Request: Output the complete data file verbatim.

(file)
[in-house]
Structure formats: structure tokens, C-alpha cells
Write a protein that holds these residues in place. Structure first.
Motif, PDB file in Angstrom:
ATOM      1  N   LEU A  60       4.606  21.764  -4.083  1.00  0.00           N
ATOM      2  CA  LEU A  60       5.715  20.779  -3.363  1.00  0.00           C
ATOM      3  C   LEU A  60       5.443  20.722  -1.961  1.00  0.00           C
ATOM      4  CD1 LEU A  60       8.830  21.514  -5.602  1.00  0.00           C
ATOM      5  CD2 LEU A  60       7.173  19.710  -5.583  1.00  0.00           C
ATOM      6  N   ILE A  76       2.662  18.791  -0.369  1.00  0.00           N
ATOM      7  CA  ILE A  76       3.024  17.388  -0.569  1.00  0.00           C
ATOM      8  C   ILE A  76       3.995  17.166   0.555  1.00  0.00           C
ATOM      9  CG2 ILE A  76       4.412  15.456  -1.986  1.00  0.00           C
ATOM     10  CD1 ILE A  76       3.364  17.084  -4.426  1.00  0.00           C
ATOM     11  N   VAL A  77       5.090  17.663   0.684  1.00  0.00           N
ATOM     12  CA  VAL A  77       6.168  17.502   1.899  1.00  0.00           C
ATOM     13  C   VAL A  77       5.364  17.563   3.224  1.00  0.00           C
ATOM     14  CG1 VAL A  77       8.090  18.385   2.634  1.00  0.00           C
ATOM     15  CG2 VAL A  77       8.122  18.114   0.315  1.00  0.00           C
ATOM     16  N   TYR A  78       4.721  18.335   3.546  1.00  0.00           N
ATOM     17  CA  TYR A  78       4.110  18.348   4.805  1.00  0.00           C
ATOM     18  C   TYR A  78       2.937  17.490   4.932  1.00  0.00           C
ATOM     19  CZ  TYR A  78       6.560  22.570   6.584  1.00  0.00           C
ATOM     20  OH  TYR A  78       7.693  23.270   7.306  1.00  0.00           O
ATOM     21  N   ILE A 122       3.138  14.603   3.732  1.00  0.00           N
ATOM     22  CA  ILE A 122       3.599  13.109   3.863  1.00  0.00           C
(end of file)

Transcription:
[in-house]
Structure formats: structure tokens, C-alpha cells
Write a protein that holds these residues in place. Structure first.
Motif, PDB file in Angstrom:
ATOM      1  N   LEU A  60       4.606  21.764  -4.083  1.00  0.00           N
ATOM      2  CA  LEU A  60       5.715  20.779  -3.363  1.00  0.00           C
ATOM      3  C   LEU A  60       5.443  20.722  -1.961  1.00  0.00           C
ATOM      4  CD1 LEU A  60       8.830  21.514  -5.602  1.00  0.00           C
ATOM      5  CD2 LEU A  60       7.173  19.710  -5.583  1.00  0.00           C
ATOM      6  N   ILE A  76       2.662  18.791  -0.369  1.00  0.00           N
ATOM      7  CA  ILE A  76       3.024  17.388  -0.569  1.00  0.00           C
ATOM      8  C   ILE A  76       3.995  17.166   0.555  1.00  0.00           C
ATOM      9  CG2 ILE A  76       4.412  15.456  -1.986  1.00  0.00           C
ATOM     10  CD1 ILE A  76       3.364  17.084  -4.426  1.00  0.00           C
ATOM     11  N   VAL A  77       5.090  17.663   0.684  1.00  0.00           N
ATOM     12  CA  VAL A  77       6.168  17.502   1.899  1.00  0.00           C
ATOM     13  C   VAL A  77       5.364  17.563   3.224  1.00  0.00           C
ATOM     14  CG1 VAL A  77       8.090  18.385   2.634  1.00  0.00           C
ATOM     15  CG2 VAL A  77       8.122  18.114   0.315  1.00  0.00           C
ATOM     16  N   TYR A  78       4.721  18.335   3.546  1.00  0.00           N
ATOM     17  CA  TYR A  78       4.110  18.348   4.805  1.00  0.00           C
ATOM     18  C   TYR A  78       2.937  17.490   4.932  1.00  0.00           C
ATOM     19  CZ  TYR A  78       6.560  22.570   6.584  1.00  0.00           C
ATOM     20  OH  TYR A  78       7.693  23.270   7.306  1.00  0.00           O
ATOM     21  N   ILE A 122       3.138  14.603   3.732  1.00  0.00           N
ATOM     22  CA  ILE A 122       3.599  13.109   3.863  1.00  0.00           C